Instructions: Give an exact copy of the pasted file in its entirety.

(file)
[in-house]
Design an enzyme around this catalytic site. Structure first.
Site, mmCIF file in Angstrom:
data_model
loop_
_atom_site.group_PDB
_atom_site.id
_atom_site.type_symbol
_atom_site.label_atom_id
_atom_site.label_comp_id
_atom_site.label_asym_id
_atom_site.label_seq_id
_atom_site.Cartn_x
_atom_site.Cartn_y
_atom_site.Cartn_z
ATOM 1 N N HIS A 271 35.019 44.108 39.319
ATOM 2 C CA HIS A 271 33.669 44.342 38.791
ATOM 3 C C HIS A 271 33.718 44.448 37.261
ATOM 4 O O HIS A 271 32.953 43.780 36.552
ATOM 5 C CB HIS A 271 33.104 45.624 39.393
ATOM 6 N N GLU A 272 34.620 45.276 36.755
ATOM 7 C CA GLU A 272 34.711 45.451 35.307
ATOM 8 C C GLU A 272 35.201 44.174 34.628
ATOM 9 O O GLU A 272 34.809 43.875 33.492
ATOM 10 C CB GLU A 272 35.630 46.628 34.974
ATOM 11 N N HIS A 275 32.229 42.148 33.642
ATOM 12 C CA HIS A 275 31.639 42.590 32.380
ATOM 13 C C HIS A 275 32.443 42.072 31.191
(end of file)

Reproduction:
[in-house]
Design an enzyme around this catalytic site. Structure first.
Site, mmCIF file in Angstrom:
data_model
loop_
_atom_site.group_PDB
_atom_site.id
_atom_site.type_symbol
_atom_site.label_atom_id
_atom_site.label_comp_id
_atom_site.label_asym_id
_atom_site.label_seq_id
_atom_site.Cartn_x
_atom_site.Cartn_y
_atom_site.Cartn_z
ATOM 1 N N HIS A 271 35.019 44.108 39.319
ATOM 2 C CA HIS A 271 33.669 44.342 38.791
ATOM 3 C C HIS A 271 33.718 44.448 37.261
ATOM 4 O O HIS A 271 32.953 43.780 36.552
ATOM 5 C CB HIS A 271 33.104 45.624 39.393
ATOM 6 N N GLU A 272 34.620 45.276 36.755
ATOM 7 C CA GLU A 272 34.711 45.451 35.307
ATOM 8 C C GLU A 272 35.201 44.174 34.628
ATOM 9 O O GLU A 272 34.809 43.875 33.492
ATOM 10 C CB GLU A 272 35.630 46.628 34.974
ATOM 11 N N HIS A 275 32.229 42.148 33.642
ATOM 12 C CA HIS A 275 31.639 42.590 32.380
ATOM 13 C C HIS A 275 32.443 42.072 31.191